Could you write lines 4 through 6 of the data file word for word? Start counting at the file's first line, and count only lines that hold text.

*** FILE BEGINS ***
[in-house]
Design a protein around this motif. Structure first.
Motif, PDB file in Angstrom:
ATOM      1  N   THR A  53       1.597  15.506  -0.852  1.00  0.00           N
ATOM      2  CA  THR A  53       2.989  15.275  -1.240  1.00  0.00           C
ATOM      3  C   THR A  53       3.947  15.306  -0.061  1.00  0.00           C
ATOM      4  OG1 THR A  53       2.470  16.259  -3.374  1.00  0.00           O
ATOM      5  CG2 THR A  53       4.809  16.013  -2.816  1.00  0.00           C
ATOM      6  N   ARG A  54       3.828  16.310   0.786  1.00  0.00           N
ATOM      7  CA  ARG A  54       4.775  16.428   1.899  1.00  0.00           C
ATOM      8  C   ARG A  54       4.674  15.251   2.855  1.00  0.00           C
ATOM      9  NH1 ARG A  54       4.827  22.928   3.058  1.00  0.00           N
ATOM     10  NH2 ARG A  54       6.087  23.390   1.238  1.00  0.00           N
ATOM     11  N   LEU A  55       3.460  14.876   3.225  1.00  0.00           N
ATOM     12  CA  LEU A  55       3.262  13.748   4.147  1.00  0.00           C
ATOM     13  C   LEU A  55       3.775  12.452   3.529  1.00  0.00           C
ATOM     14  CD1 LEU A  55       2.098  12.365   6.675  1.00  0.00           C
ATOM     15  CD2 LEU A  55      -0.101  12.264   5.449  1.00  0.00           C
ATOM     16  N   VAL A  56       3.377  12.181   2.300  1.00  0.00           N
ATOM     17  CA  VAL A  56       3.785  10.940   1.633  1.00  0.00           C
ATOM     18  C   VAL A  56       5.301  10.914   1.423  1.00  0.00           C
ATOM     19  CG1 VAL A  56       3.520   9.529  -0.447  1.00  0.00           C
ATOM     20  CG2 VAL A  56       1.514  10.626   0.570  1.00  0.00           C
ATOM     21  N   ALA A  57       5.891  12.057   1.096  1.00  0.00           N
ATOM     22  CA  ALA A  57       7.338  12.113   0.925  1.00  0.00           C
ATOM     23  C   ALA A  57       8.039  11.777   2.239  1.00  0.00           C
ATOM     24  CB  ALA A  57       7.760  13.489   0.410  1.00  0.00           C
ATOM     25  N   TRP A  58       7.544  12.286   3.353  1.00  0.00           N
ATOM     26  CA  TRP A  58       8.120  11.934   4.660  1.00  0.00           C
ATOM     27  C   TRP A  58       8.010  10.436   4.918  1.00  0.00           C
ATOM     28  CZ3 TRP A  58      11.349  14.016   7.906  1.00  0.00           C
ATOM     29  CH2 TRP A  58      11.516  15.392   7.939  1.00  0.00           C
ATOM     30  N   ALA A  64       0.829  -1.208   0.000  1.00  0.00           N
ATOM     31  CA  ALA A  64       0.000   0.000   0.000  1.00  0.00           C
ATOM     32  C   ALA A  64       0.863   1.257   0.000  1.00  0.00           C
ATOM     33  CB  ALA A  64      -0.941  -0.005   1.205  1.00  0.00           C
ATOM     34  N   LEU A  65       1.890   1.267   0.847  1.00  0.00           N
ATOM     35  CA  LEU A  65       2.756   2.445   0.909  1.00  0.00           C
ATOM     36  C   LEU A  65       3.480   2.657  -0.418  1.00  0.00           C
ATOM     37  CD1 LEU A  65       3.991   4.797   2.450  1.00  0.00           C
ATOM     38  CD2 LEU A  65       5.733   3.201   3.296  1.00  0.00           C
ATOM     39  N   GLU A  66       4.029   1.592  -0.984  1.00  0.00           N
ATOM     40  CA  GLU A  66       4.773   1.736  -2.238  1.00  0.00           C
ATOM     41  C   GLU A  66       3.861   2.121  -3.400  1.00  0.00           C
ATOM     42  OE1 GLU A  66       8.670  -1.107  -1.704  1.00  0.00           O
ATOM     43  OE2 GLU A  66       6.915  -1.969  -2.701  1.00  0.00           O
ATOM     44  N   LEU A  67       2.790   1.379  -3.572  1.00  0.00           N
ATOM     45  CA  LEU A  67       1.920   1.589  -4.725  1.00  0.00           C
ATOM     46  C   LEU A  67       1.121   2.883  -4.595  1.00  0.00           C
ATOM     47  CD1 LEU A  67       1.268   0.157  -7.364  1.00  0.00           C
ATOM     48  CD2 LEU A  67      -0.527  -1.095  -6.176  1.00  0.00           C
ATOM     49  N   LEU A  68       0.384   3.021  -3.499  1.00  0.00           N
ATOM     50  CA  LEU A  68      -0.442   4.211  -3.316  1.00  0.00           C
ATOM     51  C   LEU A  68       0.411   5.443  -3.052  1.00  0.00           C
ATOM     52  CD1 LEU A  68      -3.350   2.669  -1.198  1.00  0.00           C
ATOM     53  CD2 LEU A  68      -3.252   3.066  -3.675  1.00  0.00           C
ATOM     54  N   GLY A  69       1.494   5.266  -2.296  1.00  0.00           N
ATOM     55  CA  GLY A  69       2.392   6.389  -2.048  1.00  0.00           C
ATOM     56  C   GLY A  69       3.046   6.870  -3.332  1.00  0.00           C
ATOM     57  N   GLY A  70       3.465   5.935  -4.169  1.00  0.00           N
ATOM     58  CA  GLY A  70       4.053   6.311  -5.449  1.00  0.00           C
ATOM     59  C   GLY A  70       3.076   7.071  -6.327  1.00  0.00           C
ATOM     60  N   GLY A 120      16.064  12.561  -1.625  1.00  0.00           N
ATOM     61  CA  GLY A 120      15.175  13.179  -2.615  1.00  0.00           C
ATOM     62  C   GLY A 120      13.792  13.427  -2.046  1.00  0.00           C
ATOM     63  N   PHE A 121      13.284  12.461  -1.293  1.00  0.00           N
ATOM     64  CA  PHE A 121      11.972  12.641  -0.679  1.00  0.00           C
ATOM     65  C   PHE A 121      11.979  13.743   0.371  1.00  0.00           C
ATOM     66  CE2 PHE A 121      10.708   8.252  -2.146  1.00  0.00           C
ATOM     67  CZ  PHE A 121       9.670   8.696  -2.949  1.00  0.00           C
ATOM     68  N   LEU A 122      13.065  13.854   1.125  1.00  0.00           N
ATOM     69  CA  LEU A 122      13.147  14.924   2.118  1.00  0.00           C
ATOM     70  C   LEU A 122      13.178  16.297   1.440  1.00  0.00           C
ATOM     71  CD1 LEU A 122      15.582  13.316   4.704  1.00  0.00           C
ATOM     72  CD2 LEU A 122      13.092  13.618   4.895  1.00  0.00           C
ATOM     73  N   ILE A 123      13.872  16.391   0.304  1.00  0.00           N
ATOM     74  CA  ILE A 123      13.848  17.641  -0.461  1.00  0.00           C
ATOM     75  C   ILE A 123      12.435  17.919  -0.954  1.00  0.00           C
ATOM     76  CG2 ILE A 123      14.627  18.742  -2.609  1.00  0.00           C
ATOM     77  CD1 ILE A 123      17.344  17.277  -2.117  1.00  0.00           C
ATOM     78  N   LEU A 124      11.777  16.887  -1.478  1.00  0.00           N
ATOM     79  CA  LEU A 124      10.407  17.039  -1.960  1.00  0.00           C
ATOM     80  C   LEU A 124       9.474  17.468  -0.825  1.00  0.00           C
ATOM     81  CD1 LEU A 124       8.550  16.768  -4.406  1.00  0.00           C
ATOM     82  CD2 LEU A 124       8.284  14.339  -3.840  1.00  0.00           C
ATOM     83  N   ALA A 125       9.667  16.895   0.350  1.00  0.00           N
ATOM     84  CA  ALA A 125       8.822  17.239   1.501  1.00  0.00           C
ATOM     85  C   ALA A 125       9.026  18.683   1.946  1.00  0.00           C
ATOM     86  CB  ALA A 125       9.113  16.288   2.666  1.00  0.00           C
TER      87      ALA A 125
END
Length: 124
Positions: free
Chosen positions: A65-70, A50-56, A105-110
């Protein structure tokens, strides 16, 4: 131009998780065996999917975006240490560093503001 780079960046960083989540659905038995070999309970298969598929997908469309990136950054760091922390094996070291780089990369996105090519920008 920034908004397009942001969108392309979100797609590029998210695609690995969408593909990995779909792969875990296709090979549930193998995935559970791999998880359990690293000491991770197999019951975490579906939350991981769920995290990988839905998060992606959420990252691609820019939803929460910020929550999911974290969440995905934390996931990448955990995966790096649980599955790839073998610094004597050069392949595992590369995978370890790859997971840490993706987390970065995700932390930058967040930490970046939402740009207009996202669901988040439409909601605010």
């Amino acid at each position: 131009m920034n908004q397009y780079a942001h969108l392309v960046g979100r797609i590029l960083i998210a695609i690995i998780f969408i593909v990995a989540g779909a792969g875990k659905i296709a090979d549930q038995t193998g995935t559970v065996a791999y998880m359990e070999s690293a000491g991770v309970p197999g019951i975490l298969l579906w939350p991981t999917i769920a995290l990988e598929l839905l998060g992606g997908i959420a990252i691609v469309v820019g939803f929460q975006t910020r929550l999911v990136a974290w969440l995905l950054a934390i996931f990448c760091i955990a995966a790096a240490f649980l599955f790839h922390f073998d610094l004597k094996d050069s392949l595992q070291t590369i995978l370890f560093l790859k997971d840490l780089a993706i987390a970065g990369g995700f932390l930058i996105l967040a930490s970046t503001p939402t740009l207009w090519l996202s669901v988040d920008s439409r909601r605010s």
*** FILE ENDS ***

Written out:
ATOM      1  N   THR A  53       1.597  15.506  -0.852  1.00  0.00           N
ATOM      2  CA  THR A  53       2.989  15.275  -1.240  1.00  0.00           C
ATOM      3  C   THR A  53       3.947  15.306  -0.061  1.00  0.00           C